Receiving a psychiatric diagnosis in childhood or adolescence can have numerous social, emotional and practical repercussions. Among the most important of these are the implications for a young person's self-concept and social identity. To ensure diagnoses are communicated and managed in a way that optimally benefits mental health trajectories, understanding young people's first-hand experience of living with a diagnosis is paramount. This systematic review collates, evaluates and synthesises the qualitative research that has explored how psychiatric diagnosis interacts with young people's self-concept and social identity. A search of 10 electronic databases identified 3892 citations, 38 of which met inclusion criteria. The 38 studies were generally evaluated as moderate-to-high quality research. Thematic synthesis of their findings highlighted the multifaceted ways diagnosis affects young people's self-concept and social identity. Diagnosis can sometimes threaten and devalue young people's self-concept, but can also facilitate self-understanding, self-legitimation and self-enhancement. A diagnosis can lead to social alienation, invalidation and stigmatisation, yet can also promote social identification and acceptance. Further research is needed to clarify which self and identity outcomes can be expected in a given set of circumstances, and to establish how self and identity effects interact with diagnoses’ other clinical, practical, social and emotional consequences.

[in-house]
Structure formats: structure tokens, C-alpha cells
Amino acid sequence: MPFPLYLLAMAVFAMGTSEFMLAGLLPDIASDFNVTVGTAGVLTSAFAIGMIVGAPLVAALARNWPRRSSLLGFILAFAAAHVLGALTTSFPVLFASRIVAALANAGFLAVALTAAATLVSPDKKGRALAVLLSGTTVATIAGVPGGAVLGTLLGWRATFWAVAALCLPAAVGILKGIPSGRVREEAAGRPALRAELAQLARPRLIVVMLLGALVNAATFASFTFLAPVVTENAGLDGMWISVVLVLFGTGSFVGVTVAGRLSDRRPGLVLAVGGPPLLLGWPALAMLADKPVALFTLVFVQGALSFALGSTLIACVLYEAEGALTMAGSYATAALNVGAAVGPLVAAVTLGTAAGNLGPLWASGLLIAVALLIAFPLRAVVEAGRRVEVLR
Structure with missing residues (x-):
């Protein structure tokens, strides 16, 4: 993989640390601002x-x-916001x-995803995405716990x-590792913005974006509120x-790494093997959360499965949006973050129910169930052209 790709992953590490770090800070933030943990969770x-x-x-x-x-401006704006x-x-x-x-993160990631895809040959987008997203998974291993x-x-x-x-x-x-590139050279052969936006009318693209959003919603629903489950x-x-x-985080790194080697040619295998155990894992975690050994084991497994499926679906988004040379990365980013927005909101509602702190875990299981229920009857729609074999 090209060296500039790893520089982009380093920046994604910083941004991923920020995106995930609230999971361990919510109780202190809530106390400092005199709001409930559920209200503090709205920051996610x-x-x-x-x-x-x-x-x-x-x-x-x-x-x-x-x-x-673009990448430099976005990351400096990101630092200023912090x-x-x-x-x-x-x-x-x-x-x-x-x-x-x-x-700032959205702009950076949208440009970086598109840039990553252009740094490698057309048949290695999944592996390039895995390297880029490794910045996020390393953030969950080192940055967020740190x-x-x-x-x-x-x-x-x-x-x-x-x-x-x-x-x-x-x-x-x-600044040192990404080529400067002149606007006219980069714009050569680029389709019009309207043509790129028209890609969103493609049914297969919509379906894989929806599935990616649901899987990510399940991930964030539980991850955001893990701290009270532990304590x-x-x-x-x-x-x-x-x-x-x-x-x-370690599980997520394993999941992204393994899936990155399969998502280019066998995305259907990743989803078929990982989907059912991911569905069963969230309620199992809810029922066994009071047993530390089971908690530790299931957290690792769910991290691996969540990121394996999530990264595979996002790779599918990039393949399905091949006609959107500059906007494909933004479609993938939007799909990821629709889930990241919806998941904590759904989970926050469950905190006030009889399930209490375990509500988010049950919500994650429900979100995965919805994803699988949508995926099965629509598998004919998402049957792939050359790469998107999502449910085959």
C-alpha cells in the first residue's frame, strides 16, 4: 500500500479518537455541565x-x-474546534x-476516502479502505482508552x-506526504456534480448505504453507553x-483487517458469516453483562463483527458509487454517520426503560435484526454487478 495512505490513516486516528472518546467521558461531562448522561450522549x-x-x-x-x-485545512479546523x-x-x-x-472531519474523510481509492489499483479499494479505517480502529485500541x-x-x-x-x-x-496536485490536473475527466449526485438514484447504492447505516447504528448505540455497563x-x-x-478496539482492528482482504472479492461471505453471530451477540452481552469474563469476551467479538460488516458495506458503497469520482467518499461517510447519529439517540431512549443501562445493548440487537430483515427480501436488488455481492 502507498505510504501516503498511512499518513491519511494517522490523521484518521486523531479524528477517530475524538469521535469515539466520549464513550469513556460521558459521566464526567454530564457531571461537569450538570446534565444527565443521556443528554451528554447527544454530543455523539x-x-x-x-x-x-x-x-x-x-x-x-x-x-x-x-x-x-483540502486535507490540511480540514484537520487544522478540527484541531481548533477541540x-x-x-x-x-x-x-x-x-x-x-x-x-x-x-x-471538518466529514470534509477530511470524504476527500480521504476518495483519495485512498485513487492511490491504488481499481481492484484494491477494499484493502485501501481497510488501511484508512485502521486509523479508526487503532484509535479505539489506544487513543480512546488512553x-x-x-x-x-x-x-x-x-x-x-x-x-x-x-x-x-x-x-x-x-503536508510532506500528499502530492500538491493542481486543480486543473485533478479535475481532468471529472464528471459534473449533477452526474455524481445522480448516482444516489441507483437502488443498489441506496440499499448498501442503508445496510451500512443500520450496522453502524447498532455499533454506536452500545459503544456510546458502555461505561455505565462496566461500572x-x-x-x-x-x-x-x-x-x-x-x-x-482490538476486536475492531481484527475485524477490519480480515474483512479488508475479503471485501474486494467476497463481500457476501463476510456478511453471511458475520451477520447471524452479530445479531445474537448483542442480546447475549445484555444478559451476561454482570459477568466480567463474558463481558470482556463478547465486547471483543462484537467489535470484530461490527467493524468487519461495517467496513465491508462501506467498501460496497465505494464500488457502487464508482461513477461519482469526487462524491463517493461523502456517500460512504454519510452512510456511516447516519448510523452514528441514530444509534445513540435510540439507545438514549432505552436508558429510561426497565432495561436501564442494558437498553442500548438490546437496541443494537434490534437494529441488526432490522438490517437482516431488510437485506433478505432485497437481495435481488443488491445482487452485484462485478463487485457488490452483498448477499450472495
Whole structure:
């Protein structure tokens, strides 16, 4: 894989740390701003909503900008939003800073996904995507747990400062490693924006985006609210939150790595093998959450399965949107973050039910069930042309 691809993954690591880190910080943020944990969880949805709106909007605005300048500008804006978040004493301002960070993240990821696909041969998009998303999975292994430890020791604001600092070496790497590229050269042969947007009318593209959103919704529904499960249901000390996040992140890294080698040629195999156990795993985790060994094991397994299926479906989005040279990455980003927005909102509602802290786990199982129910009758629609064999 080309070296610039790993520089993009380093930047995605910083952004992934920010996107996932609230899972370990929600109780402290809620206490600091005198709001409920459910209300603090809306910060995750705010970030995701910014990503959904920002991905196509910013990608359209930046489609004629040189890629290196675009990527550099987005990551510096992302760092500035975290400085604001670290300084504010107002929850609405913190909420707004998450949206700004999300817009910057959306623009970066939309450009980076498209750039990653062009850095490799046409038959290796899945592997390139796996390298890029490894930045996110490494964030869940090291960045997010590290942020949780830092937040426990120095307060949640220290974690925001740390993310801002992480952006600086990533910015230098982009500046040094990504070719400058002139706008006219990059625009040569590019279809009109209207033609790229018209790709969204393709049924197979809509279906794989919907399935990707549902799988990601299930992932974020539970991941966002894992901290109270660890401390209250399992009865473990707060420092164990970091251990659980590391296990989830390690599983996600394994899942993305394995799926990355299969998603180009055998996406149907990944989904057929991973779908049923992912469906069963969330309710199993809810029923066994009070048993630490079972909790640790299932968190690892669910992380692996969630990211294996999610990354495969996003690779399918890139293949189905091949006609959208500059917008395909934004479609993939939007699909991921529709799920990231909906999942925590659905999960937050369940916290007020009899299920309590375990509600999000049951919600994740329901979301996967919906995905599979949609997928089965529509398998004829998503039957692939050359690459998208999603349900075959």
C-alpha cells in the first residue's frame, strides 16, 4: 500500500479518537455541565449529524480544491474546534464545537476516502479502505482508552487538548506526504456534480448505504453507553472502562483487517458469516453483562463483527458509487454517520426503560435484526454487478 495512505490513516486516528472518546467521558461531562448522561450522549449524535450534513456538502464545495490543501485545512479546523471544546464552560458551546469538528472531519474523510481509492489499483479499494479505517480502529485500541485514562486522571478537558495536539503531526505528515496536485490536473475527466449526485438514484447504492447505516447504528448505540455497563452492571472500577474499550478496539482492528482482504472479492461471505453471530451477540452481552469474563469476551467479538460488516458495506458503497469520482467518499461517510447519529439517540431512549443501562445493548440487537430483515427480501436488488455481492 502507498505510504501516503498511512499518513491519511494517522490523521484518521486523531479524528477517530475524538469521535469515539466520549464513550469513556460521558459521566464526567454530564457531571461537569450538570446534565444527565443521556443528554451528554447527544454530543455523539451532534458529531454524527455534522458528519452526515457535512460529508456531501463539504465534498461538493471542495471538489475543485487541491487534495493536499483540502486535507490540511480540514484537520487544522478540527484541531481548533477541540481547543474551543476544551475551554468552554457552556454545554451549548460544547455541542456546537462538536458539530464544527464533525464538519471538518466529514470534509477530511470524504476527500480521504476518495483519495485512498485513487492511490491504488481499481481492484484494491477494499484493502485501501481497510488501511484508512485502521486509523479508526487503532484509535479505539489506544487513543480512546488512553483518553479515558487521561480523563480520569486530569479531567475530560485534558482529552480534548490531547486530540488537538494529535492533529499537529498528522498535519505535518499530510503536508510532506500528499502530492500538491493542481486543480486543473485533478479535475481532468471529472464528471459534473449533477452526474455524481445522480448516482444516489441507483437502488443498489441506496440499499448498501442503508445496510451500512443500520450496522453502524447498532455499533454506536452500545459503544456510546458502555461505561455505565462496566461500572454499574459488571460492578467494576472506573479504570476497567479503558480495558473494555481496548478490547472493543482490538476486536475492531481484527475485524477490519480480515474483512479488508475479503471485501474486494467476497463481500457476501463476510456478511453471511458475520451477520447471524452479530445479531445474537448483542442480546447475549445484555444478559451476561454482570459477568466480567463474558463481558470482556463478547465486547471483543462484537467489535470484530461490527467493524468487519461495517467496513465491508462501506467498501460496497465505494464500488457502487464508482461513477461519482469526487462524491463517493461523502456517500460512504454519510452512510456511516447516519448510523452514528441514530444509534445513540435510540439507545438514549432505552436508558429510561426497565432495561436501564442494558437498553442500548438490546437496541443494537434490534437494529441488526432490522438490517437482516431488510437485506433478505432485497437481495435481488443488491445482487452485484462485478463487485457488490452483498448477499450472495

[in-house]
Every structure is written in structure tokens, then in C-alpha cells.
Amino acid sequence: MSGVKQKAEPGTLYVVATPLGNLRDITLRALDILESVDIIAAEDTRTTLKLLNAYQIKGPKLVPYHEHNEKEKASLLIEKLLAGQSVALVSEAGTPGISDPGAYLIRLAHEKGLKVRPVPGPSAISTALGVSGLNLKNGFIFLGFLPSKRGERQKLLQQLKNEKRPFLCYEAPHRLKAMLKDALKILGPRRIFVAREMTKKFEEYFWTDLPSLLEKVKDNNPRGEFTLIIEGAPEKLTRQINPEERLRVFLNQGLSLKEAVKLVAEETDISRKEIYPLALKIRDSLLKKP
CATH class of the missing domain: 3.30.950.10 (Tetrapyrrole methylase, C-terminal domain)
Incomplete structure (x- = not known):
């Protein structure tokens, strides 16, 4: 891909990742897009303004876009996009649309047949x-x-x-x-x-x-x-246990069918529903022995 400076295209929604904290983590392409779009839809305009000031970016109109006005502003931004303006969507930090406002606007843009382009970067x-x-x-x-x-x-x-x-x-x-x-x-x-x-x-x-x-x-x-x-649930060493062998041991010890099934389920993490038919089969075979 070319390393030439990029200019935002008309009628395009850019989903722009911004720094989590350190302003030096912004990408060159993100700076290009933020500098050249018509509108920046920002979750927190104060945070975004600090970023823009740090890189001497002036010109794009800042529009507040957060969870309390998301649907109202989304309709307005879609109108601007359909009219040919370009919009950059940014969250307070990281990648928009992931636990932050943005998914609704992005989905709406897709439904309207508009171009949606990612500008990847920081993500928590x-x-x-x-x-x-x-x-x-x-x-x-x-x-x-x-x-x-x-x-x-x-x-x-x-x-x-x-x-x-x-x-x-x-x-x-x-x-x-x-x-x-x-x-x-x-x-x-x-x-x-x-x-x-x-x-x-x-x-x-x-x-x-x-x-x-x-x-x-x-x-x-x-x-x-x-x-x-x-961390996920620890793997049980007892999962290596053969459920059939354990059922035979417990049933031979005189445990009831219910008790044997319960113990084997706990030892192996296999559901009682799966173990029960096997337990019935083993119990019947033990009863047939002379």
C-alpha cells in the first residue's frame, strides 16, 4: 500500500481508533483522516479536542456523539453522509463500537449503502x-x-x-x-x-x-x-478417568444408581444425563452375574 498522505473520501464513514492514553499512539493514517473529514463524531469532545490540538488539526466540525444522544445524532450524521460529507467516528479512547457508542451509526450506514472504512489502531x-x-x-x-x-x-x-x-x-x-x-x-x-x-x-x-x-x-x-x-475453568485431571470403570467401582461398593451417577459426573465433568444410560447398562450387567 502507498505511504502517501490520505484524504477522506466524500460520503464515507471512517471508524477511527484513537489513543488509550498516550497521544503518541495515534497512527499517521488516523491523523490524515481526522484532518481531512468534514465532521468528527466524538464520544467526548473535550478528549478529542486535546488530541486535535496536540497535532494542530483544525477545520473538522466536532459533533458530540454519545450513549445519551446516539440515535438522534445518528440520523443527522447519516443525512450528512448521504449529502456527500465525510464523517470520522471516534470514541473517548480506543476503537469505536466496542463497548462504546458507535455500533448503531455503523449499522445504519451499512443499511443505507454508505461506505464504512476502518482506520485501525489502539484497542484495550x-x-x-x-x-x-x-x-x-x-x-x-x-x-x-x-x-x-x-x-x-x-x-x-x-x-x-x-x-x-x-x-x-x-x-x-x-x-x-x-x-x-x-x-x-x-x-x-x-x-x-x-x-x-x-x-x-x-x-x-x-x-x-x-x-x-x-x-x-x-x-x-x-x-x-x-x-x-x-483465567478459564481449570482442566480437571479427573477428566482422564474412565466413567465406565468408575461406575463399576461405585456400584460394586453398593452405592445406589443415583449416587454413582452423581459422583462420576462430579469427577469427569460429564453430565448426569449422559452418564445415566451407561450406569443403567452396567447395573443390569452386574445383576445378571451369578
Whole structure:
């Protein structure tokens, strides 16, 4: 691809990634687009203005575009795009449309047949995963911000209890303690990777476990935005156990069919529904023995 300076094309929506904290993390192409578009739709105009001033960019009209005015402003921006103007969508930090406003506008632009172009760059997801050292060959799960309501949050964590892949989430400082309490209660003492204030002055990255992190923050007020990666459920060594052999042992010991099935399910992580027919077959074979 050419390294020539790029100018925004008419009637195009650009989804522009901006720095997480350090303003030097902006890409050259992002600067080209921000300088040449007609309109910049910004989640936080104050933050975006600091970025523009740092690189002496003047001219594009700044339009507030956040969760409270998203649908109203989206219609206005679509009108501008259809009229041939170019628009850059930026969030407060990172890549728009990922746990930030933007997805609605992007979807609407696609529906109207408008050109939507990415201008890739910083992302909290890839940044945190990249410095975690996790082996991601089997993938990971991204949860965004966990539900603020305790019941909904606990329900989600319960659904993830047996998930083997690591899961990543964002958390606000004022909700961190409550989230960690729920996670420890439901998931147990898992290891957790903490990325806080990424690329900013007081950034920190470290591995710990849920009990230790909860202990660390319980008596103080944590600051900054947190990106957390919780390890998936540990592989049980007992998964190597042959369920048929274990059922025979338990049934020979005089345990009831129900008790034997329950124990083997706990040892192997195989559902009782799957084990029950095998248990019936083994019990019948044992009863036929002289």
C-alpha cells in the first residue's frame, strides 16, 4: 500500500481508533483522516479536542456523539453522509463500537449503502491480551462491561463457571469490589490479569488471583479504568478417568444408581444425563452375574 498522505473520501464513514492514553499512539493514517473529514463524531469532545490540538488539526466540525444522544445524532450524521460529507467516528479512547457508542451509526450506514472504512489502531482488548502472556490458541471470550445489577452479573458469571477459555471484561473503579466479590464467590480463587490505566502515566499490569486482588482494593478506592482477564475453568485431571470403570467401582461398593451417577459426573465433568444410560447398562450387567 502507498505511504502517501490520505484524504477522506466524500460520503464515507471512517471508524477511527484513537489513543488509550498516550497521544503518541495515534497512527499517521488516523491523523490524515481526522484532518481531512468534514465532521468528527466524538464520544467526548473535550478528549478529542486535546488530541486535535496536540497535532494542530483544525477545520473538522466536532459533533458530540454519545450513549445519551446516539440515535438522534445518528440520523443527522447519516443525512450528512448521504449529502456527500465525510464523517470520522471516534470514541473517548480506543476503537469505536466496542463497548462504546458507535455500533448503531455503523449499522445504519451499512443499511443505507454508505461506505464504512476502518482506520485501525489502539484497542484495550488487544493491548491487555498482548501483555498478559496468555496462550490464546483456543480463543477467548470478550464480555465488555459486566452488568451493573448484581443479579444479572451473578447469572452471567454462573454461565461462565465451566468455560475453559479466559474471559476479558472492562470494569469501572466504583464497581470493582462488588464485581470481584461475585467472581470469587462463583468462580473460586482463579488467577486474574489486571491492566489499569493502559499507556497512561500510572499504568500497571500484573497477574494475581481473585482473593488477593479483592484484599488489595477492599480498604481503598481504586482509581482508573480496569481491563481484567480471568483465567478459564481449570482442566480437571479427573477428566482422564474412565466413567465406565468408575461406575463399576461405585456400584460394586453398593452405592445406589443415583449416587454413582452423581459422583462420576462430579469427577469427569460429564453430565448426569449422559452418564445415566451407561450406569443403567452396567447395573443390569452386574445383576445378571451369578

1467Scopus© Citations 60
  • Publication
    Increased Mental Health Presentations by Children Aged 5-15 at Emergency Departments during the first 12 months of COVID-19
    Aims To determine changes in mental health (MH) attendance at Emergency Departments (ED) by children aged five to 15 during the COVID-19 pandemic. Methods Analysis of MH presentations during the first year of the pandemic compared with prior year for three public paediatric EDs serving the greater Dublin area with a paediatric population of 430,000. Results Overall, ED attendance during the 12 months to 28th February 2021 was 34.3% below prior year, while MH presentations were 8.9% above prior year. MH attendances initially decreased by 26.8% (2020: 303; 2019: 414) during the first four months of the pandemic (March to June), lower than the corresponding decrease of 47.9% for presentations for any reason (2020: 11,530; 2019: 22,128). However, MH presentations increased by 52.4% in July and August (2020: 218; 2019: 143), and by 45.6% in September to December (2020: 552 ;2019: 379), dropping 28.1% below prior year in January (2021: 87; 2020: 121) before returning to prior year levels in February 2021 (2021: 107; 2020: 106). Conclusion Following the initial COVID-19 lockdown, ED presentations by children for acute MH care increased significantly over prior year, with this increase sustained throughout 2020. Long-term stressors linked to the pandemic may be leading to chronic MH problems, warranting increased funding of MH services as part of the response to COVID-19.